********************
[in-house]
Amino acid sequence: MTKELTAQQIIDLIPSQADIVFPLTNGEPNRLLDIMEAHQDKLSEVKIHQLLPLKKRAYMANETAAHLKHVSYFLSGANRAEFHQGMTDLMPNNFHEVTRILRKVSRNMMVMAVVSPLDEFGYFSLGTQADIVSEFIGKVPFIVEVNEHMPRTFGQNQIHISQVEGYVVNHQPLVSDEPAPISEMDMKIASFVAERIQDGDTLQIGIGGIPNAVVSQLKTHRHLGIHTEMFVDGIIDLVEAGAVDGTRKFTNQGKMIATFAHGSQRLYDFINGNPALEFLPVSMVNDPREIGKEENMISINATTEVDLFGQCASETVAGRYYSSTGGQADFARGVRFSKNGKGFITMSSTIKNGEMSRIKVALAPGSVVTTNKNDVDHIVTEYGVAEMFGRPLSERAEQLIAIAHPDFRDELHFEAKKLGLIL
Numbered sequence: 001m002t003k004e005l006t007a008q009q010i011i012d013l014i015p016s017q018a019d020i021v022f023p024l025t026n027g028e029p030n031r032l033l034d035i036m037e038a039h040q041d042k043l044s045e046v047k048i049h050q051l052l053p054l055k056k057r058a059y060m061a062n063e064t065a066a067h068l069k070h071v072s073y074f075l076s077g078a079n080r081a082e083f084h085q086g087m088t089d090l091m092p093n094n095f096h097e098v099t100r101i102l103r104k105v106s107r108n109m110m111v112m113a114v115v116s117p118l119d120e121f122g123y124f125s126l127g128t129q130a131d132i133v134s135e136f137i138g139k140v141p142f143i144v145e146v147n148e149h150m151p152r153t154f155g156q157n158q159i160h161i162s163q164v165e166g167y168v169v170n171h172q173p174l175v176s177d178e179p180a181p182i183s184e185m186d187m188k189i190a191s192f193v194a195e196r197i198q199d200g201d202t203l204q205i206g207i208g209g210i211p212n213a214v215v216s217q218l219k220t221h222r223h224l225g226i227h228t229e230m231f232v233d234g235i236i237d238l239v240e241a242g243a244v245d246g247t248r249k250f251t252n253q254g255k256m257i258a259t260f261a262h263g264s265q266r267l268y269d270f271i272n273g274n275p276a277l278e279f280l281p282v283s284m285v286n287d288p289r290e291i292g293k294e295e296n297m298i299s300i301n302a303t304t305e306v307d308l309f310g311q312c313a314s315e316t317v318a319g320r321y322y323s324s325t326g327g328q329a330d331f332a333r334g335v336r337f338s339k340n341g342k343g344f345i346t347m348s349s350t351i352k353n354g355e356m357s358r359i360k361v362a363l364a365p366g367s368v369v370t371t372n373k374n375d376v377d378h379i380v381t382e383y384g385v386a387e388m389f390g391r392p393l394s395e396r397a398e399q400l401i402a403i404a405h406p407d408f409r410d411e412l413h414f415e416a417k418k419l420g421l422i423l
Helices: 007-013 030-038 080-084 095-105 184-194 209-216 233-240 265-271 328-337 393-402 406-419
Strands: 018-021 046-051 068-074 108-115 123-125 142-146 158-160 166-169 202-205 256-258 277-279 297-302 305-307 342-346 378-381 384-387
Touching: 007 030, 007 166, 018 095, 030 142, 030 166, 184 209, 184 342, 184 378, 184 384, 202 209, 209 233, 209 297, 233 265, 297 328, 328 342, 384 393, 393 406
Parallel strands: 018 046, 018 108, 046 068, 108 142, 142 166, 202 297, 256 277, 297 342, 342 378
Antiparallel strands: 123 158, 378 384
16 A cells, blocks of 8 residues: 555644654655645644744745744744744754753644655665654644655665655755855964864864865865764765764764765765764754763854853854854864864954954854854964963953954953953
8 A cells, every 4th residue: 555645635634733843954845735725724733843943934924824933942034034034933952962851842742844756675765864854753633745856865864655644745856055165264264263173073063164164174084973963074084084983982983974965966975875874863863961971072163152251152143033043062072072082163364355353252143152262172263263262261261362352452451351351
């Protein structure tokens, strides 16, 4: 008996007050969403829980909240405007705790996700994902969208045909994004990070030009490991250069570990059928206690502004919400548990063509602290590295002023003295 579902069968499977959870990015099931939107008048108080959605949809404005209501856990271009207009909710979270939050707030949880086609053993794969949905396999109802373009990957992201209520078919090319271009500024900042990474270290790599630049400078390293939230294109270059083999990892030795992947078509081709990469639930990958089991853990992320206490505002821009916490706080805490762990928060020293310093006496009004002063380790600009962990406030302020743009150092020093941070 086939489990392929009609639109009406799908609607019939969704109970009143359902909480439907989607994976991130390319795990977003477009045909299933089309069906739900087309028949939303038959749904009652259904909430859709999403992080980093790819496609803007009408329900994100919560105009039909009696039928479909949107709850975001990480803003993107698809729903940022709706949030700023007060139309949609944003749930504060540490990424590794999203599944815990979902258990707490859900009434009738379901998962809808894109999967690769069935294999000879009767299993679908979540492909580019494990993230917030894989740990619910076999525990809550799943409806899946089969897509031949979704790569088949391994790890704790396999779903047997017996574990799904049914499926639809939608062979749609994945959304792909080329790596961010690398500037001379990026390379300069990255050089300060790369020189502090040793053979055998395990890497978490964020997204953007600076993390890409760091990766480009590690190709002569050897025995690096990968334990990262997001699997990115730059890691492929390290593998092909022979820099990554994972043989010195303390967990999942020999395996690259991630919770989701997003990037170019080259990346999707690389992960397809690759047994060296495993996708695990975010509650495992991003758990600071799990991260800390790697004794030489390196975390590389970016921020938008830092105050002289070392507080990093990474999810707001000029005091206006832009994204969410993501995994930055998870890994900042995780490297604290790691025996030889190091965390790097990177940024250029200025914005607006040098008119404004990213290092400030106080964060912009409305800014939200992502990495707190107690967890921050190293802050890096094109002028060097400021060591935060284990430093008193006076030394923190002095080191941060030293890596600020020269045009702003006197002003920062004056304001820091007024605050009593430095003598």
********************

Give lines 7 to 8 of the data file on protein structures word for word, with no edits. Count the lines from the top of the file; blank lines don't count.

Parallel strands: 018 046, 018 108, 046 068, 108 142, 142 166, 202 297, 256 277, 297 342, 342 378
Antiparallel strands: 123 158, 378 384